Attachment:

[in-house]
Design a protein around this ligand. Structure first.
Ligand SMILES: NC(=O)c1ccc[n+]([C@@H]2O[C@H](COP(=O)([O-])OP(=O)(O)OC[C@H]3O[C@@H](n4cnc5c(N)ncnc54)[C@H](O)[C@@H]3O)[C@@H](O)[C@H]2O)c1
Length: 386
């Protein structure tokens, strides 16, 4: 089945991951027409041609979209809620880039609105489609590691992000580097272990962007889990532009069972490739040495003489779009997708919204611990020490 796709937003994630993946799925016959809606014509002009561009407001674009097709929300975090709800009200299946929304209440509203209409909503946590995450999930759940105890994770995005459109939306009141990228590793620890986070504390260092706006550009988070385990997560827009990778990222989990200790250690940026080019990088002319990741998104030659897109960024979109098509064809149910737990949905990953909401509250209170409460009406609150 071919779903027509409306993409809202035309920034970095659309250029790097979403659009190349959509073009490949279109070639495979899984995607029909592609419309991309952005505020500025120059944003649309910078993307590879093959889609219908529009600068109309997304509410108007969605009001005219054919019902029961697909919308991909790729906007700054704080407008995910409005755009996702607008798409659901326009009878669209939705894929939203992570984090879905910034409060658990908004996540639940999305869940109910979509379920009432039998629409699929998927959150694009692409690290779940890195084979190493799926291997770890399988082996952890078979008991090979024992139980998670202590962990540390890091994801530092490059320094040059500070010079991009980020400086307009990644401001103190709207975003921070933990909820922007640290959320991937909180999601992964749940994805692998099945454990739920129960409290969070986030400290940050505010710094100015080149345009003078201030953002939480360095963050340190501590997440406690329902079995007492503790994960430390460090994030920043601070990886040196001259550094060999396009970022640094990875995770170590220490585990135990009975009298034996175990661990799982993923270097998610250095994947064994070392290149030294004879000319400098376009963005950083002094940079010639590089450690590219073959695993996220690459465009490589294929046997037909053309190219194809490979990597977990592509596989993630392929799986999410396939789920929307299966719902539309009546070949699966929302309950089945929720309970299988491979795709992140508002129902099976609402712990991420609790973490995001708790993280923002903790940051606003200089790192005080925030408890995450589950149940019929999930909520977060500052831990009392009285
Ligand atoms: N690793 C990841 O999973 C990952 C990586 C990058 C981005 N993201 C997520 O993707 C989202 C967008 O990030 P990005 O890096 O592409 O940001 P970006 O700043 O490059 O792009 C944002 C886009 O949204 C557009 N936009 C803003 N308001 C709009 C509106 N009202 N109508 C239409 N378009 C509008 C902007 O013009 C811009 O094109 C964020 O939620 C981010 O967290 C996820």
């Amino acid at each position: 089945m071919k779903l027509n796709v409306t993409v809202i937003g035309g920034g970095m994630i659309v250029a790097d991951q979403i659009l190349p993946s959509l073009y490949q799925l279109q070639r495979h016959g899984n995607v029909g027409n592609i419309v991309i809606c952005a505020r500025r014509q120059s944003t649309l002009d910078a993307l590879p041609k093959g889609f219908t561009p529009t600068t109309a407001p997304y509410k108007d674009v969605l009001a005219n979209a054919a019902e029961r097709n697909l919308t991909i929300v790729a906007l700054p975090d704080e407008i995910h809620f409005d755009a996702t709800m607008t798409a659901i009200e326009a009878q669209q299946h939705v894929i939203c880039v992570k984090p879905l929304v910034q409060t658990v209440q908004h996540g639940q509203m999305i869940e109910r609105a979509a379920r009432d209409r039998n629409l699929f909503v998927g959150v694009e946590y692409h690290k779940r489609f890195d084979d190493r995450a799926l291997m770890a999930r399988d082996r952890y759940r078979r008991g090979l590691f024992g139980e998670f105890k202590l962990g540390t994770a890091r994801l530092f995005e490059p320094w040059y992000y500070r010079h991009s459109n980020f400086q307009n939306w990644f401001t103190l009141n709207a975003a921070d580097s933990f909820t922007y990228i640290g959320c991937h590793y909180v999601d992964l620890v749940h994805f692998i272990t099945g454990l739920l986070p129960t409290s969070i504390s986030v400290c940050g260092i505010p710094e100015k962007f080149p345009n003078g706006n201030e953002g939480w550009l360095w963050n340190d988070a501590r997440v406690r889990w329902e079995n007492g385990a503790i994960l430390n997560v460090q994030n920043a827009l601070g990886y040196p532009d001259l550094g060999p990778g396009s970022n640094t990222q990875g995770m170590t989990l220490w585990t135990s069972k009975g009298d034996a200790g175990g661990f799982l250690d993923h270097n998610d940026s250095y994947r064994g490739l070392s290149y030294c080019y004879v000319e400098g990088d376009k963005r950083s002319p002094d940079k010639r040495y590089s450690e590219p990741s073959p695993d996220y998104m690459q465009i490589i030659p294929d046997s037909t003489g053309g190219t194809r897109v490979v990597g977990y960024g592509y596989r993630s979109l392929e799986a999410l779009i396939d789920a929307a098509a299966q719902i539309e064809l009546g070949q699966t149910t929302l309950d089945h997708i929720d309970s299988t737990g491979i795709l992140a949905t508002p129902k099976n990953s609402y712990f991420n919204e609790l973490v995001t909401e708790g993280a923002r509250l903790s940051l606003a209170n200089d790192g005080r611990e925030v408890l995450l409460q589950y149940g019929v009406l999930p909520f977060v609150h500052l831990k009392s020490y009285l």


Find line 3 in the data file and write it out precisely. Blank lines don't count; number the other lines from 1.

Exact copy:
Ligand SMILES: NC(=O)c1ccc[n+]([C@@H]2O[C@H](COP(=O)([O-])OP(=O)(O)OC[C@H]3O[C@@H](n4cnc5c(N)ncnc54)[C@H](O)[C@@H]3O)[C@@H](O)[C@H]2O)c1